Three Reasons Android Auto Is a Better Choice Than Android Automotive

Android Auto home screen 6 photos
Photo: Alpine
Google Maps on Android AutoThe Android Auto home screenAndroid Automotive in Polestar 2Google Maps on Android Automotive in Polestar 2Android Automotive in Polestar 2
Technology giants are all eyeing an expansion in the car industry, but while Apple and Xiaomi are spending big on their own electric vehicles that would make these companies direct competitors to the likes of Ford and Volkswagen, Google is betting big on services to step into the automotive sector.
And to do this, Google is offering multiple solutions, two of which bring the Android experience to the larger screen in the cabin.

The first of them is Android Auto, and it works with the help of an Android device. As soon as the head unit offers Android Auto support, all you have to do is connect an Android phone to the car using a cable or wirelessly, and that’s pretty much it.

The second is Android Automotive, a stand-alone operating system that’s offered natively on head units, therefore offering a more advanced experience with deep integration of Google services, including Google Maps and Google Assistant.

As compared to Android Auto, Android Automotive sports more complex capabilities thanks to the integration with the systems in the car. Google Assistant, for example, can control the air conditioning system, while Google Maps can check the mileage and automatically provide directions to the closest gas or charging station.

At the first glance, Android Automotive seems to be Google’s big bet in the automotive market, but this doesn’t necessarily mean Android Auto is no longer worth our love. In fact, Android Auto is in many regards better than Android Automotive, and below you’ll find the top three reasons why Google shouldn’t even think of giving up on this solution anytime soon.

The Android Auto home screen
Photo: Google

It can be installed in any car, old and new

First of all, as compared to Android Automotive, which can only be installed in new cars using special hardware, Android Auto (and CarPlay too) only requires a compatible head unit.

So for example, even old cars can be upgraded with Android Auto support using an aftermarket head unit. There are plenty of companies offering such solutions out there, including Sony, Kenwood, Pioneer, Alpine, and others, so it’s nearly impossible not to find a receiver that fits your car and comes with Android Auto support.

In many cases, the installation of such systems is a matter of minutes, though car owners who aren’t necessarily tech-savvy should just go to a service center for the whole thing.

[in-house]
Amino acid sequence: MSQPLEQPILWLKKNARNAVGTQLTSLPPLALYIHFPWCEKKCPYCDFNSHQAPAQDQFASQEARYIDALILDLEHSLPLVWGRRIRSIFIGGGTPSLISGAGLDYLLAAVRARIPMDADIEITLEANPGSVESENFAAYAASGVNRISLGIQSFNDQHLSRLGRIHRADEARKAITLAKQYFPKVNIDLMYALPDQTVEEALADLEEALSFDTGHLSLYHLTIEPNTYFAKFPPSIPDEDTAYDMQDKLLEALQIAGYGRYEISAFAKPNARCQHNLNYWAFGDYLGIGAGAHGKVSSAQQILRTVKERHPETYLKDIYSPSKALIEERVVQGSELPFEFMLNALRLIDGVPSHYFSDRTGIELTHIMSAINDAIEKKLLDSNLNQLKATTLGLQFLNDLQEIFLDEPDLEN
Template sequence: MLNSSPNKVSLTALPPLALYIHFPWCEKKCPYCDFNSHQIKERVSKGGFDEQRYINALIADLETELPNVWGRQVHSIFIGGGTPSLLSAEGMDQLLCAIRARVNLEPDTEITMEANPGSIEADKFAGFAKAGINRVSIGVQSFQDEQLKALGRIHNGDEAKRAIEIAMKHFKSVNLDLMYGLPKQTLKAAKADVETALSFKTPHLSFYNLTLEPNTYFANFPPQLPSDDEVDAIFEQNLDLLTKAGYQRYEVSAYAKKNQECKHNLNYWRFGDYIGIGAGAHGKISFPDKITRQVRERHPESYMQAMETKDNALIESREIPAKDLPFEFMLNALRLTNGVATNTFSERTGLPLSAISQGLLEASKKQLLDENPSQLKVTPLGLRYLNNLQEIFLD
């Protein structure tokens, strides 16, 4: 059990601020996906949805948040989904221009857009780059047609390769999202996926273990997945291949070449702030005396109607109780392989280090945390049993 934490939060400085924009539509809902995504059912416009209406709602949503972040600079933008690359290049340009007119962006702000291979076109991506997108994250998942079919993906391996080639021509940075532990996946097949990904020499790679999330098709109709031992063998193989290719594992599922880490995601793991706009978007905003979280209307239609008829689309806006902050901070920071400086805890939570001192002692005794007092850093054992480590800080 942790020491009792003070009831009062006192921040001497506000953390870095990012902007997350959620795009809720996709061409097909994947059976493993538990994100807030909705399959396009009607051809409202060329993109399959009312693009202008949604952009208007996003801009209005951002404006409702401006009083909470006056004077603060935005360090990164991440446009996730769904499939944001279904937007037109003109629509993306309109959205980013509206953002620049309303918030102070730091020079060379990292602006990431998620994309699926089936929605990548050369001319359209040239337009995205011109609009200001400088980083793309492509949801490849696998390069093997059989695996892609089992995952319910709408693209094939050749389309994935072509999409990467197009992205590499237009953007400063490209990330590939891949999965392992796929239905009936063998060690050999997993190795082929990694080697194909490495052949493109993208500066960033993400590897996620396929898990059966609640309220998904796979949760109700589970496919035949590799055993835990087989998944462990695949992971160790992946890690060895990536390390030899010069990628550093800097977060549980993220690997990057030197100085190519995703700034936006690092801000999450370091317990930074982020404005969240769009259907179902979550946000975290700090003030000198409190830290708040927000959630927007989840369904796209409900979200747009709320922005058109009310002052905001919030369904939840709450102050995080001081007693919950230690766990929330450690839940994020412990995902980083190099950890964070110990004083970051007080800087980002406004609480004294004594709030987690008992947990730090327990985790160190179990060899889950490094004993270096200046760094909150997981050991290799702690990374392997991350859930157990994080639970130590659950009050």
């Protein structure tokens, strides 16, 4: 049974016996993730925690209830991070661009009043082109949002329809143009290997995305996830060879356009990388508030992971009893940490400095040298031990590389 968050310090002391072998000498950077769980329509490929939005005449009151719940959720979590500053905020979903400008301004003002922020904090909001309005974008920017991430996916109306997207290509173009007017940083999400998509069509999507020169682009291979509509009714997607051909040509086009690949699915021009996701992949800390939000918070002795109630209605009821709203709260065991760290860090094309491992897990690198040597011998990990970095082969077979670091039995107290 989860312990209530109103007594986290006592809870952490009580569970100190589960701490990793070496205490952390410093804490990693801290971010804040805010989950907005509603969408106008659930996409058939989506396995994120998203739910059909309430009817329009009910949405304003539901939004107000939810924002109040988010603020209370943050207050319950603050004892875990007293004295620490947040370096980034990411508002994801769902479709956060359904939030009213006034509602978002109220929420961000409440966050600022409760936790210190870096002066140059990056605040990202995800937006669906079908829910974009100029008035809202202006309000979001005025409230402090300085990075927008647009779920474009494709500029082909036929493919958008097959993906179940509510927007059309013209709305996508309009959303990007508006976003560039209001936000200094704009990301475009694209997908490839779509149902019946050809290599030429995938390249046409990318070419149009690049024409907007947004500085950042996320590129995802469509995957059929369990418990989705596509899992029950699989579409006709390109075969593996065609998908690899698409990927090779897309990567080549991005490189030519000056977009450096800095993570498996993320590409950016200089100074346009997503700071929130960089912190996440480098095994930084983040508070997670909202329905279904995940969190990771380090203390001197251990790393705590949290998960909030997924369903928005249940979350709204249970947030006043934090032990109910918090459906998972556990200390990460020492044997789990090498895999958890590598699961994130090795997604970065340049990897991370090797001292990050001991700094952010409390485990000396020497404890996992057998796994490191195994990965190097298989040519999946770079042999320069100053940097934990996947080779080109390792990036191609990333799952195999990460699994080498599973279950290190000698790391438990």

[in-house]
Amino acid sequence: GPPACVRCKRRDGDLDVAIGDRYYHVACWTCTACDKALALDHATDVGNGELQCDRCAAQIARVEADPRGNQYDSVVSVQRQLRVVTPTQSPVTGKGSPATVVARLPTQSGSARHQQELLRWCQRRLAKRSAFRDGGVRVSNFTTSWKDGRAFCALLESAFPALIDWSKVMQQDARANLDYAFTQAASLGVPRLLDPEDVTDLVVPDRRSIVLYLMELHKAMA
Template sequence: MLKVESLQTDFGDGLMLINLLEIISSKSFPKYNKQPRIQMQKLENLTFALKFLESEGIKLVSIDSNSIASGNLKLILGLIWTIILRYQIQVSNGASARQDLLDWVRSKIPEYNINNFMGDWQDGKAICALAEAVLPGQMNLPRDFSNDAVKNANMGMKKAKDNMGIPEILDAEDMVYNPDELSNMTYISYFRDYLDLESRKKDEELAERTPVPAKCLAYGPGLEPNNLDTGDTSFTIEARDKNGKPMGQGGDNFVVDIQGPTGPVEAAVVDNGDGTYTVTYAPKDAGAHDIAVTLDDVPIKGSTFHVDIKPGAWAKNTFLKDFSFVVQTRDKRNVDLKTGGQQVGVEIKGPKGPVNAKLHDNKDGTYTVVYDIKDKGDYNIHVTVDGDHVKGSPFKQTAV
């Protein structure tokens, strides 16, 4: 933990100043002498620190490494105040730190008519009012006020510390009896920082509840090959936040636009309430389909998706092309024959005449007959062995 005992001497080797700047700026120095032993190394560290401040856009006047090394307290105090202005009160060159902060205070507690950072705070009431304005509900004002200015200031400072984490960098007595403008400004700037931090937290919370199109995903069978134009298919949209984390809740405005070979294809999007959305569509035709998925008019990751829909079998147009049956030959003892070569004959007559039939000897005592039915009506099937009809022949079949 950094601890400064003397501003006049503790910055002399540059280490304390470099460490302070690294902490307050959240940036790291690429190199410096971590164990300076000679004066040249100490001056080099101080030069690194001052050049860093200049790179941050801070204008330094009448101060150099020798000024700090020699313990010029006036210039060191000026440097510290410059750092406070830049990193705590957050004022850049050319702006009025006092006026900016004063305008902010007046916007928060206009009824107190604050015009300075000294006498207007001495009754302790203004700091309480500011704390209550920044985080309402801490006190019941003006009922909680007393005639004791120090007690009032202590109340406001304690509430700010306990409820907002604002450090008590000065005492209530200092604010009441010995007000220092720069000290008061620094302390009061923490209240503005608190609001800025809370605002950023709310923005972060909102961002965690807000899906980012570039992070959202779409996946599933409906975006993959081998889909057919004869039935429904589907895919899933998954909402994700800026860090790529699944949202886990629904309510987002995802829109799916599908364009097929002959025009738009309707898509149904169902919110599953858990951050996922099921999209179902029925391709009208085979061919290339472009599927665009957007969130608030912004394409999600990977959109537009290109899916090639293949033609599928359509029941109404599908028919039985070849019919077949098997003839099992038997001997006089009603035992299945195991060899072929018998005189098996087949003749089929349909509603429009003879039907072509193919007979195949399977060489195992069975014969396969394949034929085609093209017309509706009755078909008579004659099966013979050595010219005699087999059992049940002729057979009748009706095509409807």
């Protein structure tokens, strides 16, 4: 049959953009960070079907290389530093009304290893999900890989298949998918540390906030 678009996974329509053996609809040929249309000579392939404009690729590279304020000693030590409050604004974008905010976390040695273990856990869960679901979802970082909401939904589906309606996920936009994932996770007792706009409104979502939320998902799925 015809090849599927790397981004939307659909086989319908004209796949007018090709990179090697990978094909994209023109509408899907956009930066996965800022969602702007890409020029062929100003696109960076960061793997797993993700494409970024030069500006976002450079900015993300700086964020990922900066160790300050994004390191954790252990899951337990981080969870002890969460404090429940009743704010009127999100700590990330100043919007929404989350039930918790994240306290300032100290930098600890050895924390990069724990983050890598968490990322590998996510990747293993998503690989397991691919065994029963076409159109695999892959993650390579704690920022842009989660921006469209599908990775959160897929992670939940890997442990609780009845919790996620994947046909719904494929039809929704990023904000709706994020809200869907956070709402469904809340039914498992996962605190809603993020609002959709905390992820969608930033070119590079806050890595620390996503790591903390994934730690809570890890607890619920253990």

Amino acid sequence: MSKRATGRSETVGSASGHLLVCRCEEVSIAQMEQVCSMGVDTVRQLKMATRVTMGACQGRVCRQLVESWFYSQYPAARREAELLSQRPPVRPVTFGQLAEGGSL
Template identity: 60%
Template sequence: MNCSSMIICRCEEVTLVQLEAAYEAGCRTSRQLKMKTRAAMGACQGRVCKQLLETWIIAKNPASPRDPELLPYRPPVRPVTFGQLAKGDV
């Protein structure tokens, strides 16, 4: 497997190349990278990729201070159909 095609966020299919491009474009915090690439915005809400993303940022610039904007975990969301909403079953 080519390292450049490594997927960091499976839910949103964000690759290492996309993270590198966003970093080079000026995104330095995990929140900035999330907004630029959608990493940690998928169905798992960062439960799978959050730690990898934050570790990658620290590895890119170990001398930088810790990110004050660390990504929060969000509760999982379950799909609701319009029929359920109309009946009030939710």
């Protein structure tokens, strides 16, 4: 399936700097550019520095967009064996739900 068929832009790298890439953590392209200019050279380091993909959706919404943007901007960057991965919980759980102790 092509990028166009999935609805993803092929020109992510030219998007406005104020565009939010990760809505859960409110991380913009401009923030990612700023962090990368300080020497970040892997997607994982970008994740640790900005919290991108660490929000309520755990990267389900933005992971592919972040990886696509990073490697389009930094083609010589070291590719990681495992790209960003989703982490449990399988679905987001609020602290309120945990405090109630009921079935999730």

The cost of a new head unit is pretty low as well, as some no-name aftermarket receivers cost only $199.

Android Automotive in Polestar 2
Photo: Polestar

It’s already in everybody’s pocket

As compared to Android Automotive, which as we said requires new hardware installed by carmakers, Android Auto is already in everybody’s pocket.

Android is currently the number one mobile platform out there, and some third-party statistics put it at 80 percent market share.

In other words, 8 in 10 people out there have an Android phone, and given Google’s operating system comes with Android Auto pre-loaded at OS level, it’s extremely convenient for everybody to just connect their mobile device to their cars.

All they need is a cable, and most drivers already have one given pretty much everybody charges their phones in their cars.

Google Maps on Android Automotive in Polestar 2
Photo: Polestar

Cheaper for carmakers too

And last but not least, Android Auto is also cheaper for carmakers. It’s not a secret that the adoption of Android Automotive is improving rather slowly, while Android Auto’s availability across the world is skyrocketing.

Google itself has recently revealed that over 100 million cars out there run Android Auto wirelessly, and this figure concerns only cars where such capabilities were offered installed from the factory without taking into account vehicles with aftermarket head units.

One of the reasons for this major increase is the low price of installing Android Auto and CarPlay in a new car. It’s believed the module required to power Android Auto and CarPlay doesn’t cost more than a couple of bucks, while the licensing fees, at least in the case of Apple’s system, are about $50, though they aren’t paid per each vehicle but for the right to use the software on a specific number of cars.

Android Automotive, on the other hand, requires more complex hardware whose costs are bigger, so overall, Android Auto just seems to be the obvious choice for carmakers too.
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About the author: Bogdan Popa
Bogdan Popa profile photo

Bogdan keeps an eye on how technology is taking over the car world. His long-term goals are buying an 18-wheeler because he needs more space for his kid’s toys, and convincing Google and Apple that Android Auto and CarPlay deserve at least as much attention as their phones.
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